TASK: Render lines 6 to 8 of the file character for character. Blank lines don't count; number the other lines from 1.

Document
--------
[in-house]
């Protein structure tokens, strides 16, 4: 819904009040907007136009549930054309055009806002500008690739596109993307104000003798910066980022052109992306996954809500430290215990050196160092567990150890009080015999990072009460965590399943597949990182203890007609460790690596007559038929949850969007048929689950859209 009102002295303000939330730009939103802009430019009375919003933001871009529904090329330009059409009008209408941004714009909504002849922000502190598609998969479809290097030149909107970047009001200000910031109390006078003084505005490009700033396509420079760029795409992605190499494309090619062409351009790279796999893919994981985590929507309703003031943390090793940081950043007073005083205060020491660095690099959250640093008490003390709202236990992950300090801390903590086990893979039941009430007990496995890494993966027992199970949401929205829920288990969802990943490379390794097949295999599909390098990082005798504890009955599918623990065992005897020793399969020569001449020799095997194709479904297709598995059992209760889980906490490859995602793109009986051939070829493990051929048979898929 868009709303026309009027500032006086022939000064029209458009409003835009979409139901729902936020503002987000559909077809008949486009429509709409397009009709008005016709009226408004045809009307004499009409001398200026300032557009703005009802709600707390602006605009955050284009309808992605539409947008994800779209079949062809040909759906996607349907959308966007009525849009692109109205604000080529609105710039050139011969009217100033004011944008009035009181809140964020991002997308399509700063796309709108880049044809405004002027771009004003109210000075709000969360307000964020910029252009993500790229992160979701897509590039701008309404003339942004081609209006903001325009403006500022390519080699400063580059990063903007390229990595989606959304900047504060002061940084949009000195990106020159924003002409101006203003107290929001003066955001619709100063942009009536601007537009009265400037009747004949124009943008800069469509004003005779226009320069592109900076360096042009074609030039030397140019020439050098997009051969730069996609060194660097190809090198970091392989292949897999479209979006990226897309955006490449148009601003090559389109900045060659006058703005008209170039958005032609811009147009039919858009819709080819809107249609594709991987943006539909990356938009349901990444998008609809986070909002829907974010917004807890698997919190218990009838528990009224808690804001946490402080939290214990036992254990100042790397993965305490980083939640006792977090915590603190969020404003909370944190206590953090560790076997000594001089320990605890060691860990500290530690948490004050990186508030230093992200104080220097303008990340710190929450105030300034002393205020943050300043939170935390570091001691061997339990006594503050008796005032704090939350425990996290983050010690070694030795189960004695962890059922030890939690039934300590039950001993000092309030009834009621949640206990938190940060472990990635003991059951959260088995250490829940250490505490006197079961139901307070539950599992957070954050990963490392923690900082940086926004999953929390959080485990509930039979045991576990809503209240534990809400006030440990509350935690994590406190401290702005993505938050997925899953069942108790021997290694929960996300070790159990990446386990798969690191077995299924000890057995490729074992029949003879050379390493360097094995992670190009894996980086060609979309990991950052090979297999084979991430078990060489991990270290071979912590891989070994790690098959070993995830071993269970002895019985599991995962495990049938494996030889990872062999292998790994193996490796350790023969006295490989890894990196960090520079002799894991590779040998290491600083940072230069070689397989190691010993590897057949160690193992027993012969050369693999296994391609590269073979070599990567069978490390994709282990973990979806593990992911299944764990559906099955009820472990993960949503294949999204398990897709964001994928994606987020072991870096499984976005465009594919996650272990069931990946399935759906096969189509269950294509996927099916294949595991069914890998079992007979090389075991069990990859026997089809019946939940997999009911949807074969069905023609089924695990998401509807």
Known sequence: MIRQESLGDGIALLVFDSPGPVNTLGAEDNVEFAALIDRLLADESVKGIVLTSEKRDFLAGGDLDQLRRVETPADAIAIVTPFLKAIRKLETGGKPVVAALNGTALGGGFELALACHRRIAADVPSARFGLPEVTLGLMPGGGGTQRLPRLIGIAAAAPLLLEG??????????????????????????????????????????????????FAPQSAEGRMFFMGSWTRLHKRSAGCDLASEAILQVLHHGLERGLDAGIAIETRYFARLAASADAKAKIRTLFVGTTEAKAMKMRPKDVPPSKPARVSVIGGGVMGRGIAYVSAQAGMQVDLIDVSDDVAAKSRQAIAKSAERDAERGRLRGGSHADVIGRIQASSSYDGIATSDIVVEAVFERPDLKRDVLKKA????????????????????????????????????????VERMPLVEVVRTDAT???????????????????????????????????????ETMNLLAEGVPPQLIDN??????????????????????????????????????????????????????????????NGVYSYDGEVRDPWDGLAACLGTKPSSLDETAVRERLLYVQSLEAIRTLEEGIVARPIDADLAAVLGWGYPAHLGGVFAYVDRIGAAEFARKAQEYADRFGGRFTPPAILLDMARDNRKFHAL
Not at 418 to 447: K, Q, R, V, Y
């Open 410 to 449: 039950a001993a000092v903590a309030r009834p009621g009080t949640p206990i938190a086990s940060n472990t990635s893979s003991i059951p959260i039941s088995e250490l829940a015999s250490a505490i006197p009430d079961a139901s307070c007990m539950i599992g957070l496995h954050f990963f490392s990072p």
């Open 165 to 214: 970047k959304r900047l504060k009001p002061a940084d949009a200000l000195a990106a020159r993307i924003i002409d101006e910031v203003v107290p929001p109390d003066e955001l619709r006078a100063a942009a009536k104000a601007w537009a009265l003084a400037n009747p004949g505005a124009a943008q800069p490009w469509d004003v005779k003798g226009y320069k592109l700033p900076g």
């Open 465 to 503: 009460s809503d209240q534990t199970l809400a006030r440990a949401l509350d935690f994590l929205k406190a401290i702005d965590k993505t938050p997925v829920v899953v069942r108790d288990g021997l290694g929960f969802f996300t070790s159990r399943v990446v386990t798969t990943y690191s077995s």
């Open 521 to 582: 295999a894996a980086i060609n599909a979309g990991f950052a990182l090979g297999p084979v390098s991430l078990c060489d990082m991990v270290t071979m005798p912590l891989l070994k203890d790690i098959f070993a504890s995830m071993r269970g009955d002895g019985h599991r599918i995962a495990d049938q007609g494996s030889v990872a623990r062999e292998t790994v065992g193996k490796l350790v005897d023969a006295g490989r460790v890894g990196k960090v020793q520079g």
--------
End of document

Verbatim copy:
């Open 165 to 214: 970047k959304r900047l504060k009001p002061a940084d949009a200000l000195a990106a020159r993307i924003i002409d101006e910031v203003v107290p929001p109390d003066e955001l619709r006078a100063a942009a009536k104000a601007w537009a009265l003084a400037n009747p004949g505005a124009a943008q800069p490009w469509d004003v005779k003798g226009y320069k592109l700033p900076g």
């Open 465 to 503: 009460s809503d209240q534990t199970l809400a006030r440990a949401l509350d935690f994590l929205k406190a401290i702005d965590k993505t938050p997925v829920v899953v069942r108790d288990g021997l290694g929960f969802f996300t070790s159990r399943v990446v386990t798969t990943y690191s077995s």
């Open 521 to 582: 295999a894996a980086i060609n599909a979309g990991f950052a990182l090979g297999p084979v390098s991430l078990c060489d990082m991990v270290t071979m005798p912590l891989l070994k203890d790690i098959f070993a504890s995830m071993r269970g009955d002895g019985h599991r599918i995962a495990d049938q007609g494996s030889v990872a623990r062999e292998t790994v065992g193996k490796l350790v005897d023969a006295g490989r460790v890894g990196k960090v020793q520079g």